Experts Share How You Can Combat Airsickness on Flights
The following article is from Travel Lens.
Ensuring a safe and stress-free holiday can be difficult, especially with ongoing delays worldwide. It can also be worse for those who suffer from air sickness on planes.
Airsickness, otherwise known as motion sickness, is caused when the body receives conflicting information regarding movement from the eyes, ears, and muscles. This confuses the brain, which can cause nausea, fatigue, and dizziness.
A few things can be done in preparation before and during a flight to help combat sickness while in the air.
A spokesperson for Travel Lens mentioned that "sickness is very common, and with plenty of holidays still to come this year, it's important that people can enjoy them fully without the added stress of feeling ill on the plane."
For some people, sickness may be a persistent problem when traveling, but some routines can be implemented to help ease symptoms.
According to Travel Lens, getting adequate rest, staying hydrated, and eating a balanced meal can help to put you in the best position before flying, especially on longer journeys.
"While on the plane, it's important to stay as calm as possible, and by making small adjustments, you can reduce the effects of airsickness," the spokesperson said.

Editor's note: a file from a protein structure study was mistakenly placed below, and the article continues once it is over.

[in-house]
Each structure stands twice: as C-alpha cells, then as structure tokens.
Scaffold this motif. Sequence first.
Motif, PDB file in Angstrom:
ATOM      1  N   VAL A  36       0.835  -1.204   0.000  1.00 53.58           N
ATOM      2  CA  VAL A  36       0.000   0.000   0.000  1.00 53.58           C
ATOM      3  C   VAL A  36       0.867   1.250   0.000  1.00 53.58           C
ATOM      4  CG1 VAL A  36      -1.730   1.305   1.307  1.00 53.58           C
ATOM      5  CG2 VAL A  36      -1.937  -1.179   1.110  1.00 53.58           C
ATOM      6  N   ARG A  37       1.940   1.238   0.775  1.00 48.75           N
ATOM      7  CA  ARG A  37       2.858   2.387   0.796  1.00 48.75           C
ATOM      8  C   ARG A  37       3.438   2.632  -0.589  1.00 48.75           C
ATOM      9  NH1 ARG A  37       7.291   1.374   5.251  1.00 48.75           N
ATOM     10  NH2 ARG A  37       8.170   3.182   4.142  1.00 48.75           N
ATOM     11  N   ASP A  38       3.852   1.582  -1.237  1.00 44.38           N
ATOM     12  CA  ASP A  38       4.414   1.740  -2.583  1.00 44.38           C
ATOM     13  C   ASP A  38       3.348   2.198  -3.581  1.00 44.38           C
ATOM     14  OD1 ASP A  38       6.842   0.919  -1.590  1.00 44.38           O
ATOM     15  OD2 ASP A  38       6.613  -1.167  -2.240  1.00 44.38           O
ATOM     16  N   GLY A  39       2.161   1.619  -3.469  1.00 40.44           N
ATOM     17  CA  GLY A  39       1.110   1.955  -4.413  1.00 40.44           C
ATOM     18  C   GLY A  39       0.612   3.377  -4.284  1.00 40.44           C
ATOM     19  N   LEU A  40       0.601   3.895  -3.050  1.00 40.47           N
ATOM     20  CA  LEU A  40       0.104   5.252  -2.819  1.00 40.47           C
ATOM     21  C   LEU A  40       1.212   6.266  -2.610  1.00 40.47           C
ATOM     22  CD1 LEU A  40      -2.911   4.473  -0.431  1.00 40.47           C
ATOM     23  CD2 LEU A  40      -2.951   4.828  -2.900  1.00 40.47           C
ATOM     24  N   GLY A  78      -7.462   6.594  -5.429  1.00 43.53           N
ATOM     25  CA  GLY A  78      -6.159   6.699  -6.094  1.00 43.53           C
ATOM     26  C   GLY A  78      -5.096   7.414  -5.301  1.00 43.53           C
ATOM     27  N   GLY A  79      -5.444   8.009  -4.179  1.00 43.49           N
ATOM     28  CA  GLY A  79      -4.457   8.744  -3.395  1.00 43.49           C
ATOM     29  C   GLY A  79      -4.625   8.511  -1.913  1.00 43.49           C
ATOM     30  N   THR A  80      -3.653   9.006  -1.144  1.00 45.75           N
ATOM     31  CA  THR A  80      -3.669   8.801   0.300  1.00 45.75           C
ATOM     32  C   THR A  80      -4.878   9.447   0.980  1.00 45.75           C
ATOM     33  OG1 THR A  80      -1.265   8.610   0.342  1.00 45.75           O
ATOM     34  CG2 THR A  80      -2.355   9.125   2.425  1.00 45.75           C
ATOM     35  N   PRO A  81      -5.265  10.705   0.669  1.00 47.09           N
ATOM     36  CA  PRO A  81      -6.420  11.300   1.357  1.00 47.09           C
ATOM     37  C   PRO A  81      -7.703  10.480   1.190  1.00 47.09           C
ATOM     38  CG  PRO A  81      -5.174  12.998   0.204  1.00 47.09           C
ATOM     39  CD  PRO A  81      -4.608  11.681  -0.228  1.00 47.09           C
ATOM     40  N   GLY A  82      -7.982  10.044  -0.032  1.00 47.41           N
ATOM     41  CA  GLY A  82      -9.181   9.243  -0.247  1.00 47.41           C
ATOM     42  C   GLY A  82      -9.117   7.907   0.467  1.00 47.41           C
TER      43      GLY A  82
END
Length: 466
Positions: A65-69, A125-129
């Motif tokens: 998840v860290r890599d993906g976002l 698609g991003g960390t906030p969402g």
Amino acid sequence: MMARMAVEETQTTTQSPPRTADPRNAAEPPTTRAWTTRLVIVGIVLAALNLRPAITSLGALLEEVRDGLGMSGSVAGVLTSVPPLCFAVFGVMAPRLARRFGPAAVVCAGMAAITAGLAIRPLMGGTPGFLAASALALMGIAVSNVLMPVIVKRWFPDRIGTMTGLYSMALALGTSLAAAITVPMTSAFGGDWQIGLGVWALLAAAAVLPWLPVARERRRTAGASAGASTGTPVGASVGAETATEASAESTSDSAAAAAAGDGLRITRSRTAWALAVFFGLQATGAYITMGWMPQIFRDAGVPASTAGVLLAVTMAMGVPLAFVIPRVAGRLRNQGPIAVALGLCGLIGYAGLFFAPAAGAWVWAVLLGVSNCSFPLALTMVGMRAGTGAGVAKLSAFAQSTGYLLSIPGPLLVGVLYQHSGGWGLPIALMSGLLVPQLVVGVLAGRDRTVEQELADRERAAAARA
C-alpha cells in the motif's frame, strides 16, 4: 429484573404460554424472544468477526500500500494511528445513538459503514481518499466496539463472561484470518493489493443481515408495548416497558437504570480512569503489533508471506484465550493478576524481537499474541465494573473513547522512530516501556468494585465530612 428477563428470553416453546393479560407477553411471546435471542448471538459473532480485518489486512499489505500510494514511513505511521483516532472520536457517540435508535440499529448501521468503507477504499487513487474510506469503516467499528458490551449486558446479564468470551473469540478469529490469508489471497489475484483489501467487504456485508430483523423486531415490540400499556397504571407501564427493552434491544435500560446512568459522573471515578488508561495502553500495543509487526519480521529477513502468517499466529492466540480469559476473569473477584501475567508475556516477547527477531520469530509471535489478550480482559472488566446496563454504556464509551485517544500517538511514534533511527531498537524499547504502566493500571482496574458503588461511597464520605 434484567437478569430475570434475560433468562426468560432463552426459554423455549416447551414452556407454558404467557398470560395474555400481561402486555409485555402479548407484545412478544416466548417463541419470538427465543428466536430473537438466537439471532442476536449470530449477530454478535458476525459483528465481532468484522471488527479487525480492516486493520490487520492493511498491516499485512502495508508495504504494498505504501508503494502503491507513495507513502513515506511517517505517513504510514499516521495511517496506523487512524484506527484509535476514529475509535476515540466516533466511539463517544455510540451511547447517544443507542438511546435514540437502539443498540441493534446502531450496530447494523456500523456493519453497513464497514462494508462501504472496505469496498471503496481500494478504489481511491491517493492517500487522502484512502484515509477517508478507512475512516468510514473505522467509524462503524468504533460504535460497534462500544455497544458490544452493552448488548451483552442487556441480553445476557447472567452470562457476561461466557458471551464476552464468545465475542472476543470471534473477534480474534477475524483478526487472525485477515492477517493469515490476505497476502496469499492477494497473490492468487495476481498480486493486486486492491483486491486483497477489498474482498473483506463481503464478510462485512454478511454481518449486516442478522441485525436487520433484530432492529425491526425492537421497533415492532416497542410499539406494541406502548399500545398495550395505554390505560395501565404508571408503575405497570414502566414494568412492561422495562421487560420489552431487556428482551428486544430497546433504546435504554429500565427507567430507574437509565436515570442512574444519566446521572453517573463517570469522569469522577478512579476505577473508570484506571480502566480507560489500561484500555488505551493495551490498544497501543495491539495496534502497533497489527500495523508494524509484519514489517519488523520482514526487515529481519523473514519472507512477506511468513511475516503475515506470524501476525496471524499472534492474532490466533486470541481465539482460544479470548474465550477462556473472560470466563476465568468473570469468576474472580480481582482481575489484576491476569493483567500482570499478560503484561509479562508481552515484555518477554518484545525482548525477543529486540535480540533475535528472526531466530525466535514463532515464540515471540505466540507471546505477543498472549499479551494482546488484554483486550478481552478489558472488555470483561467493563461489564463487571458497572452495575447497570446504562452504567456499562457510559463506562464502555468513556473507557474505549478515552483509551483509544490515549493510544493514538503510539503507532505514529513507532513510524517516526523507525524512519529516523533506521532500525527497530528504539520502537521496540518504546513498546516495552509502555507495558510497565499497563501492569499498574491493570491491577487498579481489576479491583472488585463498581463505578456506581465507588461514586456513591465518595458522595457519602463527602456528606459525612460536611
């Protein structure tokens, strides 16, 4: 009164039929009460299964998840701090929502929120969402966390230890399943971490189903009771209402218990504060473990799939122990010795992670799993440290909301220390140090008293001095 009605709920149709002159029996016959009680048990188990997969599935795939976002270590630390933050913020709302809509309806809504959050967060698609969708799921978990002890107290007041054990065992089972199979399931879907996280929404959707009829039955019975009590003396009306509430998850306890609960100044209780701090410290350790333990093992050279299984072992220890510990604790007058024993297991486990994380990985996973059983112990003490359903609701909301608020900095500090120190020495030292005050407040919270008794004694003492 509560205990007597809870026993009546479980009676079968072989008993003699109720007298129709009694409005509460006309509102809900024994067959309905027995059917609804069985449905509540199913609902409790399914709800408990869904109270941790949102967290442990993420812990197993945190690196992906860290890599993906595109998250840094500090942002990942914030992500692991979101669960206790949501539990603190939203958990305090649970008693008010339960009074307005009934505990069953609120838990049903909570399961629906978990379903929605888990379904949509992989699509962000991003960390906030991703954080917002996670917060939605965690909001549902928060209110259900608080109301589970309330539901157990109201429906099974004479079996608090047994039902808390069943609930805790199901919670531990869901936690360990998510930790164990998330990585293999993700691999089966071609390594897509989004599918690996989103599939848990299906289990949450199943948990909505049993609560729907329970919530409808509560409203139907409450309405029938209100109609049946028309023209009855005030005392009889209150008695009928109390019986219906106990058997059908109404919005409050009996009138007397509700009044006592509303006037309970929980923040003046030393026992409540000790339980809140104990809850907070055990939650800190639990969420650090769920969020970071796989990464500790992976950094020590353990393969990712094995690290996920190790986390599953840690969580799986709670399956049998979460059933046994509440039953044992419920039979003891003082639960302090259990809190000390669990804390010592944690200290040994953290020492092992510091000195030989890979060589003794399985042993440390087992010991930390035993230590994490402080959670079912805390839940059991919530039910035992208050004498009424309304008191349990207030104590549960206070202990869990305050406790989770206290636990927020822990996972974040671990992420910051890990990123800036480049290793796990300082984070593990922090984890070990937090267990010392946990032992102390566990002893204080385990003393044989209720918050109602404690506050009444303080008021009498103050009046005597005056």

Here are some more tips that can help the next time you are preparing for a trip:
Pick a seat carefully
Typically the middle, the wing, and closer to the front of the plane are the best places to sit as this is where the journey feels most stable. Avoid the back of the aircraft, as seats here can be subject to more turbulence.
Switch on the air
Fresh air can help to ease feelings of dizziness and nausea, so it's important to utilize the air vents above the seats to keep the air circulating.
Put the book down
Reading books can usually be relaxing; however, it can be quite the opposite for sufferers of motion sickness. The best thing to do instead of reading is to try to relax and focus on breathing.
Fix your gaze
Focusing on a fixed horizontal line will help the body to make sense of the confusing array of movements. The more stability the brain has, the less likely airsickness symptoms will occur.
Alcohol can dehydrate the body quickly, exacerbating symptoms, so it may be best to opt for a soda. Wait until symptoms have completely subsided before you consider having a drink or until you land.
Similarly to a book, staring at a phone, tablet, or laptop screen may feel comforting, but it can add to the confusion in the brain. When experiencing airsickness, it's best to limit the amount of moving stimuli to give the body the best chance of feeling relaxed.
Choose food wisely
Although it's a good idea to eat a good meal before flying, make sure to choose the food wisely. Steer clear of greasy and spicy foods, as these can unsettle an already nervous stomach.
Some airlines have reclining seats, which will help to relax the body instead of sitting completely upright. Consider taking a travel pillow to ease the strain on the neck throughout the flight and put any unnecessary items in the overhead storage to ensure the most comfortable environment for dealing with any sickness symptoms.
Some studies have suggested that consuming ginger before heading off on a flight can help to stop feelings of nausea. Whether it's taken as a supplement, in raw form, or even as a can of ginger beer, it's definitely worth a try.